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From Columbine to Palestine: A Comparative Analysis of Rampage Shooters in the United States and Volunteer Suicide Bombers in the Middle East

NCJ Number
Aggression and Violent Behavior Volume: 16 Issue: 2 Dated: March/April 2011 Pages: 98-107
Adam Lankford; Nayab Hakim
Date Published
April 2011
10 pages
This study reviewed the differences between suicide bomers in the Middle East and rampage shooters in the United States.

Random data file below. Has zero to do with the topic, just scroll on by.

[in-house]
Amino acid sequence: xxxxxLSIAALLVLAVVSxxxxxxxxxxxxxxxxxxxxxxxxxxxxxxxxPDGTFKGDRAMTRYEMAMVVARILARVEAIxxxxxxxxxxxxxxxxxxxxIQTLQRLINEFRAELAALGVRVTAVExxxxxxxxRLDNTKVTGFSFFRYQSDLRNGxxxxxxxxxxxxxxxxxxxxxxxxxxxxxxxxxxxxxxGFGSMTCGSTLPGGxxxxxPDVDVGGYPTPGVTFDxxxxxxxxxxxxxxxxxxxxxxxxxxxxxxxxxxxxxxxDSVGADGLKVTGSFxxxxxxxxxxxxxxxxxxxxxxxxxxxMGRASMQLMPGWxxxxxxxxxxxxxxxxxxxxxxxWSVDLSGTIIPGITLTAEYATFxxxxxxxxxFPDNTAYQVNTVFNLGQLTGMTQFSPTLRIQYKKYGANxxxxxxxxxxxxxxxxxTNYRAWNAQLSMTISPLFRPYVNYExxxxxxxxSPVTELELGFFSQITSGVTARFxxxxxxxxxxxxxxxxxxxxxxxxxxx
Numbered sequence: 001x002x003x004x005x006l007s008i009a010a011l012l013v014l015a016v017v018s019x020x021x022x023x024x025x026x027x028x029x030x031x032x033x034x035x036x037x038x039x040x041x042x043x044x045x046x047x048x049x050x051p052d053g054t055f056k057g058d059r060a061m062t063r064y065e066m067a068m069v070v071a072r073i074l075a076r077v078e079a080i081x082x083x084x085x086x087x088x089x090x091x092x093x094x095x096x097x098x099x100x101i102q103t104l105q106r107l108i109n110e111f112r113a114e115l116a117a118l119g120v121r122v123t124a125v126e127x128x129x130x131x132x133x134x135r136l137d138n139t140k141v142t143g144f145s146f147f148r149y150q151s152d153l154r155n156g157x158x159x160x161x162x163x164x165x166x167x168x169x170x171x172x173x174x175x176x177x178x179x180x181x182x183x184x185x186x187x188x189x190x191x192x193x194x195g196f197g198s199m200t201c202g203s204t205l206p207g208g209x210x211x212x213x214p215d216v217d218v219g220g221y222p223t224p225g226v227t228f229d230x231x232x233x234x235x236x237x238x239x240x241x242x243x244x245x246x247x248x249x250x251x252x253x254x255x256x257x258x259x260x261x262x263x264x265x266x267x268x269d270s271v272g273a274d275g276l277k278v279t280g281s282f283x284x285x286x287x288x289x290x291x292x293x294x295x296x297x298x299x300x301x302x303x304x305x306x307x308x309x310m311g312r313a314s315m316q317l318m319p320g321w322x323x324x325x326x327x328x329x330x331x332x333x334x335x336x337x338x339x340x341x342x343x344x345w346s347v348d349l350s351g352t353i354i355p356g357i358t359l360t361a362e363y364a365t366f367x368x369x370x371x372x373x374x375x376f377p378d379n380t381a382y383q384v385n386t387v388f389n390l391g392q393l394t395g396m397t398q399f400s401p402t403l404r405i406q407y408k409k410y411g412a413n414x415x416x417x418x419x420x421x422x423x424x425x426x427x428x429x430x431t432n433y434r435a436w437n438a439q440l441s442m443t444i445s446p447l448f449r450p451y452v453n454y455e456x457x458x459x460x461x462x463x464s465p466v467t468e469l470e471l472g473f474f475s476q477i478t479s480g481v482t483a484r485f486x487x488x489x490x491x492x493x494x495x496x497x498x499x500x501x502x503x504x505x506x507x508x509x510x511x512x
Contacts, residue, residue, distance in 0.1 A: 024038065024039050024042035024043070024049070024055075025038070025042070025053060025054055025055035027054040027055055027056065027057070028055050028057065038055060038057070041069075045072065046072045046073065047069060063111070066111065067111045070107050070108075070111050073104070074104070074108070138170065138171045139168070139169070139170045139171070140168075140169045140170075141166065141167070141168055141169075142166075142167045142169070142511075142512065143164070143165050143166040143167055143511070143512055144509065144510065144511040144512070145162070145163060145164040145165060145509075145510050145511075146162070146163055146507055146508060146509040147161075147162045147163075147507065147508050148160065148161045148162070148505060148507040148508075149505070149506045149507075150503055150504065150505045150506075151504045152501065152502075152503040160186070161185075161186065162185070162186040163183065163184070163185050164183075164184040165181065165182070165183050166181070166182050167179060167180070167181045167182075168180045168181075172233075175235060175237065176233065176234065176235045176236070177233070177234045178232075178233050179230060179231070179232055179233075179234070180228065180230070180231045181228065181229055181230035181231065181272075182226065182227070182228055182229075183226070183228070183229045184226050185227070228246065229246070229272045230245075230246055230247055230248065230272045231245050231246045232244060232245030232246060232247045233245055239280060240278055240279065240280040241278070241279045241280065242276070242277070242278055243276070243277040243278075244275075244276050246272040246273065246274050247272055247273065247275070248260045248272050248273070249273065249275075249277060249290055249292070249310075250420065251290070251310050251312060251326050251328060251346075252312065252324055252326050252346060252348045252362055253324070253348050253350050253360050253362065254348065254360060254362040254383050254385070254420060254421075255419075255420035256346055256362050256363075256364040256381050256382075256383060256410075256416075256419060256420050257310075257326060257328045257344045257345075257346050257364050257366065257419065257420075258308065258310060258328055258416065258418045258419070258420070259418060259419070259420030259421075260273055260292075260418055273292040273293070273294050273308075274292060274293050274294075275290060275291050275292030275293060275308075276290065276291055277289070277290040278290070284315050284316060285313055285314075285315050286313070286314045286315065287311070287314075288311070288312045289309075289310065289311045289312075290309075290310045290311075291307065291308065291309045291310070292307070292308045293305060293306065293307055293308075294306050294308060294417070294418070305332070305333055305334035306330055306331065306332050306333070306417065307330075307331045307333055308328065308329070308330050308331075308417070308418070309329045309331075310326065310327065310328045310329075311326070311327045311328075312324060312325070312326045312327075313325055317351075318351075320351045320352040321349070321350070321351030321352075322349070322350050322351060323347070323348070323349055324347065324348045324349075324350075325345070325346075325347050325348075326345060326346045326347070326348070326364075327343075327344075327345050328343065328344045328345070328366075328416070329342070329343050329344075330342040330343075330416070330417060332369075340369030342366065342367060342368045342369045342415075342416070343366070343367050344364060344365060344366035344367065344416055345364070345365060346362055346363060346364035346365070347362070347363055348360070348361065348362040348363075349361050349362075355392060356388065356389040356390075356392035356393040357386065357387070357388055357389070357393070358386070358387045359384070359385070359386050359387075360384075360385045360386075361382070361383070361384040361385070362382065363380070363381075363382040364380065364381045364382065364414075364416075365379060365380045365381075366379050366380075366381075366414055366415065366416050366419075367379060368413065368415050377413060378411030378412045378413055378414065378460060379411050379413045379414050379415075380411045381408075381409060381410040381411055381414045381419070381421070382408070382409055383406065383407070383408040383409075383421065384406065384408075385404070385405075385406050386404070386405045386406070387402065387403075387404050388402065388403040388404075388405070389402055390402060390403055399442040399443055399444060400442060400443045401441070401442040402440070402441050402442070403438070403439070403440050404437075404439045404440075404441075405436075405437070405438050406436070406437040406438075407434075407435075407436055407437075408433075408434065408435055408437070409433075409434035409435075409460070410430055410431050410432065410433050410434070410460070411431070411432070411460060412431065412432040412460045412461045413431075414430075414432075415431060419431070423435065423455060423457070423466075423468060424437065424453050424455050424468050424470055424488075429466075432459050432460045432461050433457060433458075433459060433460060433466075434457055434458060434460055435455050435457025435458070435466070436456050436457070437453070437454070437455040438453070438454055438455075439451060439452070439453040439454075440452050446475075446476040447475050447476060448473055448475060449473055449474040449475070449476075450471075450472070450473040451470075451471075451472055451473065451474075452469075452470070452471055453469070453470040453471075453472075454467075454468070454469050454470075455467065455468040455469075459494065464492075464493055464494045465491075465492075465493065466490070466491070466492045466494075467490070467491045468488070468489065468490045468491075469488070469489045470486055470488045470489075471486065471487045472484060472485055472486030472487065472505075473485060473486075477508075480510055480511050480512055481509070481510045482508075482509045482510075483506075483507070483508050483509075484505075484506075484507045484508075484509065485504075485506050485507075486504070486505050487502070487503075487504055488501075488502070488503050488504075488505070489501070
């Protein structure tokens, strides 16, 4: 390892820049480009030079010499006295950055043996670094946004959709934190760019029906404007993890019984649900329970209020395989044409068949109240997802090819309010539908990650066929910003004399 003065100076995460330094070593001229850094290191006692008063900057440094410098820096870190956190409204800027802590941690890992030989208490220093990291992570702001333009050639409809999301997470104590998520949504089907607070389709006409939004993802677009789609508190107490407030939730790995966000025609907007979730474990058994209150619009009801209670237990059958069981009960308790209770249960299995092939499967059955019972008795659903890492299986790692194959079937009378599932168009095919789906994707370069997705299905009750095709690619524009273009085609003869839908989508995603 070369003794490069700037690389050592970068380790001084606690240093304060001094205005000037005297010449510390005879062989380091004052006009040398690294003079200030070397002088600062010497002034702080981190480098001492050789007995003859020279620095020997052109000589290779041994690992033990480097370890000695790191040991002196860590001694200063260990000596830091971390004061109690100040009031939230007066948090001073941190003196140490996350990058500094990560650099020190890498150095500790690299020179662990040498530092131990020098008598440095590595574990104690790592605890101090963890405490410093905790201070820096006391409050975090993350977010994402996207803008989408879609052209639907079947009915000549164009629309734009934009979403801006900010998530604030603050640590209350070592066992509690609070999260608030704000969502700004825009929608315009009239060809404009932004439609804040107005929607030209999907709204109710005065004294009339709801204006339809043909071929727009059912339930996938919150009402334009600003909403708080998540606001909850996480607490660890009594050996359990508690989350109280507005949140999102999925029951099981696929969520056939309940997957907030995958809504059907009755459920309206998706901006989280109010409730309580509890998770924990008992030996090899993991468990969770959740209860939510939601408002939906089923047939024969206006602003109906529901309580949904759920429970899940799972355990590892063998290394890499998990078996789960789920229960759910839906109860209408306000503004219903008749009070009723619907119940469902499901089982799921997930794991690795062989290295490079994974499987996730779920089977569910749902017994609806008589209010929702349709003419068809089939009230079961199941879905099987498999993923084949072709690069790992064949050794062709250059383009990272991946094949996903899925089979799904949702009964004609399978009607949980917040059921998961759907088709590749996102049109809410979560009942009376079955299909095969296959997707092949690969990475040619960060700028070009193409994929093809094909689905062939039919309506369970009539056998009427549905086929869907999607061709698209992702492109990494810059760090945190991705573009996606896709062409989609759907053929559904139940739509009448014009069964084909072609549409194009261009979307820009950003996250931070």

Previous research comparing rampage shooters in the U.S. and volunteer suicide bombers in the Middle East appears to be virtually non-existent. When these two types of suicidal killers have been mentioned in the same context, it has primarily been to dismiss any possible connections. Rampage shooters are generally assumed to be mentally unbalanced, while suicide bombers are seen as extreme, but rational, political actors. However, this review explores the possibility that the primary differences between the two types of killers are cultural, not individual, and that in terms of their underlying psychology and motivation, they are actually quite similar. In both cases, substantial evidence indicates that these perpetrators of murder-suicide share many of the following characteristics: (1) they had troubled childhoods, (2) they lived in oppressive social environments, (3) they suffered from low self-esteem, (4) they were triggered by a personal crisis, (5) they were seeking revenge, and (6) they were seeking fame and glory. (Published Abstract)


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